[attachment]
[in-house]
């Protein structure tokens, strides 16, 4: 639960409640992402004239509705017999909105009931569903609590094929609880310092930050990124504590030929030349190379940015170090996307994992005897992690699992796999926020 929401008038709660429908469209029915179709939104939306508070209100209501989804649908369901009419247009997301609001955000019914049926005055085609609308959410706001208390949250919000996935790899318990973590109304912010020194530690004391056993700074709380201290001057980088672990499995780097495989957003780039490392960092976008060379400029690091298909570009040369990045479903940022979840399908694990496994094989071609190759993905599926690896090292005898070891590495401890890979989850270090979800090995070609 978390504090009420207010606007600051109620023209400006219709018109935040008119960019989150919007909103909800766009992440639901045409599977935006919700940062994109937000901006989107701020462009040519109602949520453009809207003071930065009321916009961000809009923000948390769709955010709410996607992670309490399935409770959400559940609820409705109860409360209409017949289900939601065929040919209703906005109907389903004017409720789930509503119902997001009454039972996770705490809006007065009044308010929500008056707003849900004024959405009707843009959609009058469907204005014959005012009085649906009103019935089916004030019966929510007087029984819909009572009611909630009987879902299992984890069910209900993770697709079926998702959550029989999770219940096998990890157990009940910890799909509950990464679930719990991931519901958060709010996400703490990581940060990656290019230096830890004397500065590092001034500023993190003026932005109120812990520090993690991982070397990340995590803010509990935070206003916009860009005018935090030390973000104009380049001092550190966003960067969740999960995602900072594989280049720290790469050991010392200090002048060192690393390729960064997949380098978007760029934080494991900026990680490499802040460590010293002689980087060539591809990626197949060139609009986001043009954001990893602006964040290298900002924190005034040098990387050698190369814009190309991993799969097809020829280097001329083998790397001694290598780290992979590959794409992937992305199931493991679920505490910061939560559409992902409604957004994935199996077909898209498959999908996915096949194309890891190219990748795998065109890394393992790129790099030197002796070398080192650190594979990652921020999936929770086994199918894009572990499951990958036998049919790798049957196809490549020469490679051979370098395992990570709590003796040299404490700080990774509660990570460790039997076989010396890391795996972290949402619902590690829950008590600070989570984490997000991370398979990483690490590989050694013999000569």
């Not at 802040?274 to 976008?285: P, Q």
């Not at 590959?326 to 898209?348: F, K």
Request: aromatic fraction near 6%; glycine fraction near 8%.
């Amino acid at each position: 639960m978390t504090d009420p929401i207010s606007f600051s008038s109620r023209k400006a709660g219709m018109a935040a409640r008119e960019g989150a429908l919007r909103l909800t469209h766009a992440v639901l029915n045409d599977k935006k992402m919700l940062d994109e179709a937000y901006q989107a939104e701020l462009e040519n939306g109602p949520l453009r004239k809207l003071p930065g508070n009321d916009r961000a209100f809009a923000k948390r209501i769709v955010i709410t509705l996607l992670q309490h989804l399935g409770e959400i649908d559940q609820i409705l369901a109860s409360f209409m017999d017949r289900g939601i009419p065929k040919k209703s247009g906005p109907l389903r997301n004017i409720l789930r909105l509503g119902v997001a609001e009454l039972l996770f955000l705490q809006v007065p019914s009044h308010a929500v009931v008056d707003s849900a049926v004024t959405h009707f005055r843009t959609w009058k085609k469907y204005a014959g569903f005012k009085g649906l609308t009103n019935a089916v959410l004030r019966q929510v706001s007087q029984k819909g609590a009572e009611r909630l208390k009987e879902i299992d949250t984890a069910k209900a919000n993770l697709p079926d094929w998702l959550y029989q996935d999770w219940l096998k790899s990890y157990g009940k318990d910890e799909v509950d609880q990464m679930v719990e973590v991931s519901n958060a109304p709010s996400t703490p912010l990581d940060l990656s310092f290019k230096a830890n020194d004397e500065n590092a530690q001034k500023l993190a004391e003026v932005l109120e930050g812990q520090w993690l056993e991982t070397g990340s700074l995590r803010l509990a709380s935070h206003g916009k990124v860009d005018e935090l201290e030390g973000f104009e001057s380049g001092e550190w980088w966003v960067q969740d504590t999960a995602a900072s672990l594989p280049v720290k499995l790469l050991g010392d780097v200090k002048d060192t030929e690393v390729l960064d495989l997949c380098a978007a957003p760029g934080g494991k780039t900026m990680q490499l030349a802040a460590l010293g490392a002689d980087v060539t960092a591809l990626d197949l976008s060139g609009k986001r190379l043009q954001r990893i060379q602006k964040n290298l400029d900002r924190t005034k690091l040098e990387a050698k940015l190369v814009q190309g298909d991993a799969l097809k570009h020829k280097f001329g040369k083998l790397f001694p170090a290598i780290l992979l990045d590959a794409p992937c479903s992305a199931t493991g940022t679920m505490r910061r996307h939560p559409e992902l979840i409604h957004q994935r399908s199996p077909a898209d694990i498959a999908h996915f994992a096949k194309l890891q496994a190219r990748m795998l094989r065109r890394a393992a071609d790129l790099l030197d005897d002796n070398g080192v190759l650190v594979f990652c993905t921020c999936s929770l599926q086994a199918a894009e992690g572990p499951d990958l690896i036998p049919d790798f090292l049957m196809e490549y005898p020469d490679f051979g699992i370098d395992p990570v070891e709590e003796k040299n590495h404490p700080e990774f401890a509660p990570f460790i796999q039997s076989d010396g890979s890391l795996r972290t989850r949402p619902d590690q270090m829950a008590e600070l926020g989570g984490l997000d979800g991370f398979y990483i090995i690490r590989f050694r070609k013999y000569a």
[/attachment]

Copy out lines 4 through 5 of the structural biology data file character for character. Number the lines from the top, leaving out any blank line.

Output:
């Not at 590959?326 to 898209?348: F, K």
Request: aromatic fraction near 6%; glycine fraction near 8%.